Cancer Control Research5R21CA088827-02
Cullen, Karen W.
FAMILYS' WEB: CANCER PREVENTION FOR DAUGHTERS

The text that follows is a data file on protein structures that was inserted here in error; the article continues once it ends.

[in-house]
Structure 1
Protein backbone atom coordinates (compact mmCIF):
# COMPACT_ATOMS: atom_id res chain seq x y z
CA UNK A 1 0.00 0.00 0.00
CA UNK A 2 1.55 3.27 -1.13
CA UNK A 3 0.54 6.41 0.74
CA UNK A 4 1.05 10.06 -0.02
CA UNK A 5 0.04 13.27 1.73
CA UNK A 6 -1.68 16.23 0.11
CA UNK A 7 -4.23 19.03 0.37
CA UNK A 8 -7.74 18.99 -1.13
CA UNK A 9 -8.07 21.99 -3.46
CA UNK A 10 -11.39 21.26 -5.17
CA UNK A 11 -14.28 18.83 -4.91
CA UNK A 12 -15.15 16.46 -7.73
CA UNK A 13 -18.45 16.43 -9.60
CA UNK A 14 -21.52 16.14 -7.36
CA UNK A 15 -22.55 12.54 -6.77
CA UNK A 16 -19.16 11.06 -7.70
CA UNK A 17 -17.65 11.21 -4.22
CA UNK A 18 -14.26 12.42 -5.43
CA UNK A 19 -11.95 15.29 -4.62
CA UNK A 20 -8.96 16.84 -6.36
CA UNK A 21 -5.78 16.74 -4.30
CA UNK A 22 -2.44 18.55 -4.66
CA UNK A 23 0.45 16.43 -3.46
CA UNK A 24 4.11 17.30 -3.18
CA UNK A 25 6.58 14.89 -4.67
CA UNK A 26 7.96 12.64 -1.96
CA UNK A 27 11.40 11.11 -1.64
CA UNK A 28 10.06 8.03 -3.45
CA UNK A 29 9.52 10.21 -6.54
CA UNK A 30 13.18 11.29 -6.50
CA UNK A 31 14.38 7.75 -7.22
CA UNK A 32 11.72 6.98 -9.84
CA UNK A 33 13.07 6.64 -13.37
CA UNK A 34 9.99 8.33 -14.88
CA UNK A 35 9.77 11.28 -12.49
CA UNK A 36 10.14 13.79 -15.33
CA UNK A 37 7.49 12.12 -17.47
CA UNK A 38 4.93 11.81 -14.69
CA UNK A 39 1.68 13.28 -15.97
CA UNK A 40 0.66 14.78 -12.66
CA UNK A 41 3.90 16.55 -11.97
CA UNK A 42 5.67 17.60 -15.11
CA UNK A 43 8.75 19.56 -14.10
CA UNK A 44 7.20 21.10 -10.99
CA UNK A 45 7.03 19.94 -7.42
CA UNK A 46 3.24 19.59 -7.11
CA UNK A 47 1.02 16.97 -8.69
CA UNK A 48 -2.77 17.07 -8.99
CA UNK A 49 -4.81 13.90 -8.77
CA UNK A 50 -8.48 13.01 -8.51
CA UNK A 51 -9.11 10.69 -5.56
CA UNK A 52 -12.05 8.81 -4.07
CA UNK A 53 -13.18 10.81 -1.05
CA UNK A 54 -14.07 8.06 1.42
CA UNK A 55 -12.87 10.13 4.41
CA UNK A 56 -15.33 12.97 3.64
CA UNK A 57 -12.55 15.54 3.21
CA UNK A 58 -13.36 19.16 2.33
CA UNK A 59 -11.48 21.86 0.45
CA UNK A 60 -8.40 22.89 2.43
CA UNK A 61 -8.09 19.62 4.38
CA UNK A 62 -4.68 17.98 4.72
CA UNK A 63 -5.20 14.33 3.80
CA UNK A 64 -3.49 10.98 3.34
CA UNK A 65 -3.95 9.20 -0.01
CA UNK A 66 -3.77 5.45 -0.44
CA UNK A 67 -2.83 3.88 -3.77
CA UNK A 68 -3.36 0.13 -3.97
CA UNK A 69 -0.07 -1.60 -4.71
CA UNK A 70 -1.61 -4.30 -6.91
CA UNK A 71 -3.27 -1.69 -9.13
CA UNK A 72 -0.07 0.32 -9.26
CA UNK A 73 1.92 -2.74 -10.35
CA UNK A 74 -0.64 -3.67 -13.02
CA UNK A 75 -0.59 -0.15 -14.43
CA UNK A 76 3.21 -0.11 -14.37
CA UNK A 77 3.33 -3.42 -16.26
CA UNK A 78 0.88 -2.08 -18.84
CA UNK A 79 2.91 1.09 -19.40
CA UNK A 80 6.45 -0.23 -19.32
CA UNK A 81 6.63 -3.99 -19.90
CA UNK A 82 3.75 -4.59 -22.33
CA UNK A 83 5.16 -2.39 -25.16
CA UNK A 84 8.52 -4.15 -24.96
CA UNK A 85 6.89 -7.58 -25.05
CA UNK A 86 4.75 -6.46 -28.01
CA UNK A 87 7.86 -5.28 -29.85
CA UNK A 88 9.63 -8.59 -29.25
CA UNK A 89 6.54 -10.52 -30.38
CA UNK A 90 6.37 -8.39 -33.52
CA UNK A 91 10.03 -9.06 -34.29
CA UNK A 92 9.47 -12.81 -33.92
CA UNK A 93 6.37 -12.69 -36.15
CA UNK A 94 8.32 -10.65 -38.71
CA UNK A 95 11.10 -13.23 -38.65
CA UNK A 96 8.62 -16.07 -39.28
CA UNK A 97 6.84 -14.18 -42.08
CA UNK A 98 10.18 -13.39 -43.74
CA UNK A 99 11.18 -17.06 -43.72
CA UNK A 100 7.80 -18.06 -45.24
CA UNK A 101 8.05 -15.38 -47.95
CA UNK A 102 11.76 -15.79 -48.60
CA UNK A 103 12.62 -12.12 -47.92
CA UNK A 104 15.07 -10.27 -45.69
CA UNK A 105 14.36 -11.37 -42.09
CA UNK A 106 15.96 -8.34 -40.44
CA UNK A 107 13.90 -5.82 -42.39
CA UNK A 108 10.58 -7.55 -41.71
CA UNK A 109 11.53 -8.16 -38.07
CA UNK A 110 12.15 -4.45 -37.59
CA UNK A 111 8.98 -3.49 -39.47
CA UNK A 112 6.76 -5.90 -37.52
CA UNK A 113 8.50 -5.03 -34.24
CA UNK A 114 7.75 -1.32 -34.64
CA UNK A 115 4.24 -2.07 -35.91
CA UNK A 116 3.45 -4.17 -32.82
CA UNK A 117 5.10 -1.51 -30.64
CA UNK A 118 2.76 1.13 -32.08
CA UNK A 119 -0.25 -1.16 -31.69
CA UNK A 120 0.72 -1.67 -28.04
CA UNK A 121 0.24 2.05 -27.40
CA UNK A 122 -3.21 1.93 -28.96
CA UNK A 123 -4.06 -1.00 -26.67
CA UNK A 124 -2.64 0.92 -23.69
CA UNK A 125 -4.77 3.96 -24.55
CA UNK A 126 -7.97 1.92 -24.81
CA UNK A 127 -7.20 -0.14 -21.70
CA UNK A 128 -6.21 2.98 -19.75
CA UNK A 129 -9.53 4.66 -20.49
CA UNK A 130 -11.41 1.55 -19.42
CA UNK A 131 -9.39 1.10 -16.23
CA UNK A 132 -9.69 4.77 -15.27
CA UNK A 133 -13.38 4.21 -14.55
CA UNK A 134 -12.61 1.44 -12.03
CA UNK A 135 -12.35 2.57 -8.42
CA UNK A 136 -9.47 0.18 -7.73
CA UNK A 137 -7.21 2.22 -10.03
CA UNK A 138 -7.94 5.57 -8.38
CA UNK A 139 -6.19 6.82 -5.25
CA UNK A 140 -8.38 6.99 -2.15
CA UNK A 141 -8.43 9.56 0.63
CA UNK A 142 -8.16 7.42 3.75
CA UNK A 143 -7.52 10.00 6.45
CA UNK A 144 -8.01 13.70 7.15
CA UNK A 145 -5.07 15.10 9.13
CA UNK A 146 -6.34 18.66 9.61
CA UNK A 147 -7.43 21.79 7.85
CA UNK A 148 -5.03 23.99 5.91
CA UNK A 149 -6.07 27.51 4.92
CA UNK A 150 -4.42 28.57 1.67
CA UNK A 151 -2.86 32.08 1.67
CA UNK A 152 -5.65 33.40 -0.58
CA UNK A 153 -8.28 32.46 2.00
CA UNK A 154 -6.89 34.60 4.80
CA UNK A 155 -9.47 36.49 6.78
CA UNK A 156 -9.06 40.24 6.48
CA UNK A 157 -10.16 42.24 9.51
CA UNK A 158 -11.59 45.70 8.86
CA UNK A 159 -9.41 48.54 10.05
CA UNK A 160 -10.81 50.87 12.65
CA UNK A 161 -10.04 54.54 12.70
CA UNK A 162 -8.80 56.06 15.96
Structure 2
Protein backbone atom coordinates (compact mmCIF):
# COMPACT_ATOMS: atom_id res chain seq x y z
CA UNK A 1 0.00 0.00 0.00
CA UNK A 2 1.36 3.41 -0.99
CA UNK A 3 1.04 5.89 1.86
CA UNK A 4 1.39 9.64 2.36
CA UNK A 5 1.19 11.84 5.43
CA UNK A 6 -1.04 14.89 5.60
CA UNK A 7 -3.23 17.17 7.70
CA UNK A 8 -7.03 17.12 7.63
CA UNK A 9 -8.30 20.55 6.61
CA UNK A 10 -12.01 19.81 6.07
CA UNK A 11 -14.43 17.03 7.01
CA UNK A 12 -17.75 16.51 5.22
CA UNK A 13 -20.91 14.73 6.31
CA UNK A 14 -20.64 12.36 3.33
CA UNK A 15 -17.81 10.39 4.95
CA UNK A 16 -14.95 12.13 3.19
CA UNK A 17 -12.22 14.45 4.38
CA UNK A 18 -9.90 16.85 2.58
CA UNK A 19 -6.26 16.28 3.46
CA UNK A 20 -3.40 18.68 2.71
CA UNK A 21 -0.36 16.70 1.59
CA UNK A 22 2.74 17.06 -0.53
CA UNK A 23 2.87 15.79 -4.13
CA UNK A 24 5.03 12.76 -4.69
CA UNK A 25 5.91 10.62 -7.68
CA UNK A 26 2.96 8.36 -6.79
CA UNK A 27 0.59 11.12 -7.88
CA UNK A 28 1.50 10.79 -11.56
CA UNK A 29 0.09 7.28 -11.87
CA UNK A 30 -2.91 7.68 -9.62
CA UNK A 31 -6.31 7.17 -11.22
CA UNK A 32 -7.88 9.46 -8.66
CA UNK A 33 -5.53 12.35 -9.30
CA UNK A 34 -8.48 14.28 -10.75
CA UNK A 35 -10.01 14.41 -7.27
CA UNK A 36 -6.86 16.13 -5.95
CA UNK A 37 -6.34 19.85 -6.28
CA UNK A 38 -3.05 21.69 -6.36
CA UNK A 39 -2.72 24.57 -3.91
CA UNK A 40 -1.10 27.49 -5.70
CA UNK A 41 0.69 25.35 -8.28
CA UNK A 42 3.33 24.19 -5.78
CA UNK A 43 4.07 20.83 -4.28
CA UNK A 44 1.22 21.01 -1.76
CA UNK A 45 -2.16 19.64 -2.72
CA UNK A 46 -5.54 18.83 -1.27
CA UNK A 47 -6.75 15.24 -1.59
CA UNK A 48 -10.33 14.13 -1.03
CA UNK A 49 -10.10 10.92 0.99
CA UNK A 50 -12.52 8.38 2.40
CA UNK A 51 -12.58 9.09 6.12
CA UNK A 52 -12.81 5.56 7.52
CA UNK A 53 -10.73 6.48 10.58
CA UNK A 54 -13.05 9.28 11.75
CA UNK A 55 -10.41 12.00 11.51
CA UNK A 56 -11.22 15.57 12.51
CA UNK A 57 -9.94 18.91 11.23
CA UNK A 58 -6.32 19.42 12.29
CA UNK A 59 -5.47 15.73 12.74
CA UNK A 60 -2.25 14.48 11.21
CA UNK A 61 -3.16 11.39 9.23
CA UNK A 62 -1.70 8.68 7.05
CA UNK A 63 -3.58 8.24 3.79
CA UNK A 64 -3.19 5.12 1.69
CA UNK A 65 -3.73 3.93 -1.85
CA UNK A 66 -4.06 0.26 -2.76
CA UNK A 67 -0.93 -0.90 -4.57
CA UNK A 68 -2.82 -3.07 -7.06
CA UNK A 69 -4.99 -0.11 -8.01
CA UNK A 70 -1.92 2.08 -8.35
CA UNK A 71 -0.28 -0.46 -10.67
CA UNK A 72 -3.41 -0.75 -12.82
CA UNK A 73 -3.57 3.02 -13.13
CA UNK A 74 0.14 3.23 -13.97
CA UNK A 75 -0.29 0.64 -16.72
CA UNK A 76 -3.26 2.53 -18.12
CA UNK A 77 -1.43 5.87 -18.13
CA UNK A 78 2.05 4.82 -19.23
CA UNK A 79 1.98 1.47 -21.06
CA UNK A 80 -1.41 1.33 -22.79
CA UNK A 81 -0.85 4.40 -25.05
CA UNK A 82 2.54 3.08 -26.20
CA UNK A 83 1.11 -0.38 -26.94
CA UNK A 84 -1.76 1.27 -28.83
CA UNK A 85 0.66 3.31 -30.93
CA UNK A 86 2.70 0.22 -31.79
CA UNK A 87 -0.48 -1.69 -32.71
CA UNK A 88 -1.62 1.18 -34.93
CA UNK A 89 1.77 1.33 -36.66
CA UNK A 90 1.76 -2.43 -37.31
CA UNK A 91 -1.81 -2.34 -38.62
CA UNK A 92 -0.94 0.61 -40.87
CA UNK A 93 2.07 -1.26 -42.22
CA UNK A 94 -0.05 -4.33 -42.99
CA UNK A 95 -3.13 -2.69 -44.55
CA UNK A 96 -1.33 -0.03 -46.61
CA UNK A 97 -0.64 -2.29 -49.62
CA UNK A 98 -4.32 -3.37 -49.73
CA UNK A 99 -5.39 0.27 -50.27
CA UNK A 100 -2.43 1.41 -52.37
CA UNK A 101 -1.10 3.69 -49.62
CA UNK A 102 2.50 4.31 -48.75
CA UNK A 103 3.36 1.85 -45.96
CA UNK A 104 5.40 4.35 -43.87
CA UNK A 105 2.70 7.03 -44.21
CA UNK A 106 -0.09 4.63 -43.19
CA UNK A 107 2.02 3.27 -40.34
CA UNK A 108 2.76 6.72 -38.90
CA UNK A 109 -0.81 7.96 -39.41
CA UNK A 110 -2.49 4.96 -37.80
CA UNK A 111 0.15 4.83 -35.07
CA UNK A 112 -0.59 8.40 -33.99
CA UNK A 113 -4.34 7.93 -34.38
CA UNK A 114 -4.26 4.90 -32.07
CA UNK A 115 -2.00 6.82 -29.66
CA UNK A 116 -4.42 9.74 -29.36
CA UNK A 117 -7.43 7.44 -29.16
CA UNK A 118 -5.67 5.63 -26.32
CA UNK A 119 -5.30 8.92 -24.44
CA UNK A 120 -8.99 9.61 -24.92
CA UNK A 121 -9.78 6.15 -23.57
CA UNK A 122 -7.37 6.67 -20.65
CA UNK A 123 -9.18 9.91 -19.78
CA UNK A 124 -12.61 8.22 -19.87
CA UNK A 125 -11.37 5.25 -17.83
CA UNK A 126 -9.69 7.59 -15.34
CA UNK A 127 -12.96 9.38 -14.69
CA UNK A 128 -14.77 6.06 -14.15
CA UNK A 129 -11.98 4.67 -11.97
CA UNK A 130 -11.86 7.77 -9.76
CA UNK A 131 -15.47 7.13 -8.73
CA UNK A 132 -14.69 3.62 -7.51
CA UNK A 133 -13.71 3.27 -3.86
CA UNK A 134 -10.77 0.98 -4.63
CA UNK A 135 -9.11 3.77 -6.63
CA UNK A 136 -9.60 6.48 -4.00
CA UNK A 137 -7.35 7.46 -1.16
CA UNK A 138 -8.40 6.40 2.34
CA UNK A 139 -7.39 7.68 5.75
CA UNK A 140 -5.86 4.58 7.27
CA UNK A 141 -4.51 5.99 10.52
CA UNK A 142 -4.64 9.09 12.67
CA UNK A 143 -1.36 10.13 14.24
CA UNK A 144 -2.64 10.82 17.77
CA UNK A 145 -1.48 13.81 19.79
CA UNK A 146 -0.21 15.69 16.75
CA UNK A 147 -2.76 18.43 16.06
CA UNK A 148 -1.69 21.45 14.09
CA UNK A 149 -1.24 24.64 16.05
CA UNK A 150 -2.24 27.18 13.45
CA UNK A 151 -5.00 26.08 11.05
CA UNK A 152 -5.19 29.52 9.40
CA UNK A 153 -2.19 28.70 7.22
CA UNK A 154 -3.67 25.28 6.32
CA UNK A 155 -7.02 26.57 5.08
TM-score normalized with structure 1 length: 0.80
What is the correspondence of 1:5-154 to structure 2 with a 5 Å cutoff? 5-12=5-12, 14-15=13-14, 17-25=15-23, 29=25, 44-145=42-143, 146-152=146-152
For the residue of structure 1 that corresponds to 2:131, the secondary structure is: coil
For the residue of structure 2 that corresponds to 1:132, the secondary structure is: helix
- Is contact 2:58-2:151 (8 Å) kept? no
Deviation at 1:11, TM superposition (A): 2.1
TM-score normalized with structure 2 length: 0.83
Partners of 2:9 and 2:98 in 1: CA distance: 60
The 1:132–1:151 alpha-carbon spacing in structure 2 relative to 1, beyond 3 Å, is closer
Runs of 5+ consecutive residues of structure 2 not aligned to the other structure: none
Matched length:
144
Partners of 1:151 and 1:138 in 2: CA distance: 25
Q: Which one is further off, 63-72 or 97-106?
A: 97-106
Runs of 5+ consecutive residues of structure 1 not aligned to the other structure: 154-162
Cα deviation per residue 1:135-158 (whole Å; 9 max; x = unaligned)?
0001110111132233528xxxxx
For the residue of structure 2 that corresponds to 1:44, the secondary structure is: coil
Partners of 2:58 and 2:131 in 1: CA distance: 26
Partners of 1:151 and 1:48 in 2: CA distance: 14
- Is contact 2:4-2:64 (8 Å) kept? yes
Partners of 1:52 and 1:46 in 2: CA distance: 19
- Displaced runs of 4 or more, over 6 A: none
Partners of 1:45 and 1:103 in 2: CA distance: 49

DESCRIPTION (provided by investigator): African-Americans (AA) experience a higher incidence of many cancers, and higher mortality rates than those of other ethnic populations. Inadequate intakes of fruit, juice, and vegetables (FJV) and high dietary fat have been associated with increased risks for several cancers. Children's current FJV and fat intakes do not meet recommended guidelines and national data indicate a decline in children's fruit consumption through the school years. Families are an important component of the social environment within which health related behaviors are learned and are practiced. Two primary mechanisms of family influence on children's dietary behaviors are direct modeling and authoritative parenting of dietary behaviors. This proposal will test the feasibility of a parent targeted intervention program on parent modeling and authoritative parenting practices, delivered via the internet, for a target group of AA parents of 9-12 year old daughters, to promote increased preferences for fruit, juice, vegetables, and low fat foods. The control group will receive a knowledge-based "Eat 5 A day" message, while the treatment group will receive the knowledge-based message plus a tailored modeling and authoritative parenting practices intervention, with pre, post, and follow up assessments of the process evaluation and mediating psychosocial measures. The internet will be also be utilized to collect the data. Use of the internet is designed to minimize problems of low participation. In phase 1 of this research, focus groups will be conducted for the development and pre-assessment of the intervention, and of the psychosocial measures. The process evaluation of the intervention with participants recruited from 12 AA churches (12 parent-daughter pairs per church) will take place during phase 2. Church will be the unit of assignment and analysis. An internet delivered intervention targeting family mechanisms is an innovative approach for children's dietary behavior change. This feasibility or pilot study will provide the foundation for a full scale intervention focused on dietary change.